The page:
One disruptor in this space has been cloud data management startup Rubrik, which has raised $292 million from Vinod Khosla and Mark Leslie, among others. The amount is significant by any standards, but more so for a three-year-old company, all because its data backup platform has disrupted the storage industry.

The Rubrik cloud appliance can pull data from a multitude of applications across the globe for an organisation and copy data in different cloud environments in an instant. For an organisation, the fact that data is available in real time speeds up decision-making. Further, should a data centre fail, copies of this data are available on different clouds. “We can implement our technology with IT partners and enable them to deliver better results to clients,” says Bipul Sinha, Co-founder of Rubrik. He adds that the world is all about securing data and how you can pull it out faster.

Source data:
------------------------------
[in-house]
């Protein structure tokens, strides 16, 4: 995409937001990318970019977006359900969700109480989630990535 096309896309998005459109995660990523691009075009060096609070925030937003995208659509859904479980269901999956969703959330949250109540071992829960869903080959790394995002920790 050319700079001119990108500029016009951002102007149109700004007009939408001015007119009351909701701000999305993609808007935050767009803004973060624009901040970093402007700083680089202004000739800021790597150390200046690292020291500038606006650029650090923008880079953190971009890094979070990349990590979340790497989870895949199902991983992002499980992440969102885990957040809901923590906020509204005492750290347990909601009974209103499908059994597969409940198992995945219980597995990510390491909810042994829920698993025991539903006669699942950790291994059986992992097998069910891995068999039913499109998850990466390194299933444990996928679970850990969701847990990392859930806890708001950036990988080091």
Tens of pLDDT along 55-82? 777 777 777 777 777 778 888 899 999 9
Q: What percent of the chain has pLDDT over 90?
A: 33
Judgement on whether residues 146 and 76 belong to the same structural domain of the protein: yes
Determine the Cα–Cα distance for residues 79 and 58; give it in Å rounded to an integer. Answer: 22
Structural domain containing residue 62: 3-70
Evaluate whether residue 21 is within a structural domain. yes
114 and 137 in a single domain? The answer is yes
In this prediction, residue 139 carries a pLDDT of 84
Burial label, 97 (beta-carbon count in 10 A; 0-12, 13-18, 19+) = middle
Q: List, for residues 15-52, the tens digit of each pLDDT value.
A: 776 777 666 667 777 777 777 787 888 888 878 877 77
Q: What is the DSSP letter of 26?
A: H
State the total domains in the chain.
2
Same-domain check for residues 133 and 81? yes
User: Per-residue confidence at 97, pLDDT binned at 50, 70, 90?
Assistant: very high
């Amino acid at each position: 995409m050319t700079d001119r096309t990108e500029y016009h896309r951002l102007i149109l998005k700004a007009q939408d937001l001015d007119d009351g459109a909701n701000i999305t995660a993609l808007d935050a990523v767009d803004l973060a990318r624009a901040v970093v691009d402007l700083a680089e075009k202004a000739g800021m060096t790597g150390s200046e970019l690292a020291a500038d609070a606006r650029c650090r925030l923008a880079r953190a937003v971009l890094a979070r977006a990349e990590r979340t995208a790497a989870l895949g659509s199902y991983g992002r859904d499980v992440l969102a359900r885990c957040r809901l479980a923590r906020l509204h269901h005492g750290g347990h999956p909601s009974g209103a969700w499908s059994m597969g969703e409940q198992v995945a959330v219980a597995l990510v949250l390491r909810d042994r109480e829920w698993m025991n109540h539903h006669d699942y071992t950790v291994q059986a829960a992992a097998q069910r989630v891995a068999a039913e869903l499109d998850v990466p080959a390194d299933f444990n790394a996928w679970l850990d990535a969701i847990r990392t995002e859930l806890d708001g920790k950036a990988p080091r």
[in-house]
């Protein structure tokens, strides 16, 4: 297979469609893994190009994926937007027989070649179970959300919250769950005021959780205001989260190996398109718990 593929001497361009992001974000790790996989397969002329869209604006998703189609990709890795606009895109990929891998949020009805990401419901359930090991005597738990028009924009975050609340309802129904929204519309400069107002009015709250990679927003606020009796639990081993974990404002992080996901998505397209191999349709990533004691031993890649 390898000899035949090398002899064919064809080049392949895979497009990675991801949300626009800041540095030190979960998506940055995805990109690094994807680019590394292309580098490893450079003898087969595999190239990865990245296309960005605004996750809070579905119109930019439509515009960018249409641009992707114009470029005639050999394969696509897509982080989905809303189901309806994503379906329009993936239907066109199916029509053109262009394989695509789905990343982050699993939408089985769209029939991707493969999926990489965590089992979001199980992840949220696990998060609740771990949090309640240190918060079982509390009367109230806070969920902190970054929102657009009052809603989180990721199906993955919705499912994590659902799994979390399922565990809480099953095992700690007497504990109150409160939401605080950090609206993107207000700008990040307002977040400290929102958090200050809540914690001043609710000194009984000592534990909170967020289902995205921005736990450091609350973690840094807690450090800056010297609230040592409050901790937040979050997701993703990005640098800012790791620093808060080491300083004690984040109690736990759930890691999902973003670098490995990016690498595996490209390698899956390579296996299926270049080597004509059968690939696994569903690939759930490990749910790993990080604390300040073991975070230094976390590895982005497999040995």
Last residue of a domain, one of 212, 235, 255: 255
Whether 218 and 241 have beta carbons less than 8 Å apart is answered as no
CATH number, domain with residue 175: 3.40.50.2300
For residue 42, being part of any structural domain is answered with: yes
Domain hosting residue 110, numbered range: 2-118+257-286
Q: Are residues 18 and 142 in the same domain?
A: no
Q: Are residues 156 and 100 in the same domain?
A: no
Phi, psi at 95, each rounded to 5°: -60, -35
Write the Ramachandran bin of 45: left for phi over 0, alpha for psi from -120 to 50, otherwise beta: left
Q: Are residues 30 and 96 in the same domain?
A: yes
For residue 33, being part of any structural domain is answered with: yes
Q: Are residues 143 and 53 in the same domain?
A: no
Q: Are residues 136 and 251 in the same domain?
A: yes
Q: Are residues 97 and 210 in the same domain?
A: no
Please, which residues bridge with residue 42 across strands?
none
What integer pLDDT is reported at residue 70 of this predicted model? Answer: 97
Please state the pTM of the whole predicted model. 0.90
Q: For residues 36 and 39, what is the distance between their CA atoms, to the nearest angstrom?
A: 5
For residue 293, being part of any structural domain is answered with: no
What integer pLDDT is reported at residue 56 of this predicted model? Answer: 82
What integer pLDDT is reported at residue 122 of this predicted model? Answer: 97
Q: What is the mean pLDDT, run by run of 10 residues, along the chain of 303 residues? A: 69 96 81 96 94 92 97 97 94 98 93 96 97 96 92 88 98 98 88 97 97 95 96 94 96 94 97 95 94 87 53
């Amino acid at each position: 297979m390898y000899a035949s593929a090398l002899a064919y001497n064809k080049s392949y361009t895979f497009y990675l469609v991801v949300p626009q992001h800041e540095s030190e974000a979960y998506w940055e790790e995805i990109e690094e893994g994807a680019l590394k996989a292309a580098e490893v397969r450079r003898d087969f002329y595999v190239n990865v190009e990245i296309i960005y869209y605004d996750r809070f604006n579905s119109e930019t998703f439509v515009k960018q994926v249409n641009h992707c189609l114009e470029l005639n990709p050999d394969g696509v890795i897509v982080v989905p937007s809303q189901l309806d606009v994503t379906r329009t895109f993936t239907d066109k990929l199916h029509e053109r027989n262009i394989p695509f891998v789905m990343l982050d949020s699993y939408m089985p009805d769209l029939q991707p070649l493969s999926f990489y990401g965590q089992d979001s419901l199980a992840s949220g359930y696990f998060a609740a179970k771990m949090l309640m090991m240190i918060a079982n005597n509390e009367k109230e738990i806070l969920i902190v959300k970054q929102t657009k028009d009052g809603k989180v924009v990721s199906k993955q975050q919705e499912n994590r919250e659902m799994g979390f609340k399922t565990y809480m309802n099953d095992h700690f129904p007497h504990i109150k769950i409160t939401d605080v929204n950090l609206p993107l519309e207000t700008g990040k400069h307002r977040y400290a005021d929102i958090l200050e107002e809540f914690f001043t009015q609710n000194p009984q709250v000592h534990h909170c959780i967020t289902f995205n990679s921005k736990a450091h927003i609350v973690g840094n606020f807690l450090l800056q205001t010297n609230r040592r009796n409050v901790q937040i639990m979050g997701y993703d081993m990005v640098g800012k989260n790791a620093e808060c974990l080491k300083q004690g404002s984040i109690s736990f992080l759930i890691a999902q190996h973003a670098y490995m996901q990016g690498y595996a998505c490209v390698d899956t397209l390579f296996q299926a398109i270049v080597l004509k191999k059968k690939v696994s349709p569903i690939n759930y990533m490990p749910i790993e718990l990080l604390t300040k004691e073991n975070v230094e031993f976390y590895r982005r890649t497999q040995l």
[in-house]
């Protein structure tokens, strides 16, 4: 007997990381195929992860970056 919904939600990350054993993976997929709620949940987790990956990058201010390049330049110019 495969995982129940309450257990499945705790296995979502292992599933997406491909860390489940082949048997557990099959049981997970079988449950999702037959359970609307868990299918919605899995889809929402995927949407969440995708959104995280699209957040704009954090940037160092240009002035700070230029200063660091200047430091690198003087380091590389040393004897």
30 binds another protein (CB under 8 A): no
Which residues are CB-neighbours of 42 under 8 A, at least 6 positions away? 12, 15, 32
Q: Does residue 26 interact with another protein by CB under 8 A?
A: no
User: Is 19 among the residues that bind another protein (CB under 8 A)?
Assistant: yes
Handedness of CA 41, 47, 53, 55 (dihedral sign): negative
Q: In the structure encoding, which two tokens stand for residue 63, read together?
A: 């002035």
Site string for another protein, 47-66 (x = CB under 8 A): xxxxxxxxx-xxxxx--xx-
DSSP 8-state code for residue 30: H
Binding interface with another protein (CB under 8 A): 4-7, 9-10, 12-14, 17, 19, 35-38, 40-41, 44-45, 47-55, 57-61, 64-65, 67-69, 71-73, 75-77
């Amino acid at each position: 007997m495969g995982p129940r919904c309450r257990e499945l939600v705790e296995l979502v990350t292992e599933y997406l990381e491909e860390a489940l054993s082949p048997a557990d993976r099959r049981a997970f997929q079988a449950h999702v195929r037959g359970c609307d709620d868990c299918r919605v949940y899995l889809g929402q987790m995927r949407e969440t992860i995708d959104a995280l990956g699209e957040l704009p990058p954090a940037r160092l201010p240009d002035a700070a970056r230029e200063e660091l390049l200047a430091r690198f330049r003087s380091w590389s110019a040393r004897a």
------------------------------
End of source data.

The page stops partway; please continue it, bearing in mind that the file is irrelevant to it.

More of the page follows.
Similarly, there are companies like Bezirk, sitting out of Bengaluru, who are using software to understand location of consumers in a store and manage advertorial data that is tailor-made for the consumer immediately. Bezirk has piloted with 50 stores in the US and is now preparing for a roll-out in 5,000 stores nationwide. Simply put, retailers get to increase their margins by knowing from Bezirk the spending habits of their customers and which of its aisles chalks up the most footfalls.

These innovations aren’t limited to core storage, retail and automotive. Even agriculture has big data functionality. In the Nilgiris, Vivek Rajkumar has collected terabytes of data from 300 acres of farms, from which he is creating a massive data set. This structured data will require massive processing capabilities. This is exactly the kind of thing for which Vivek’s startup, Aibono, is building an AI engine – to crunch data across multiple formats.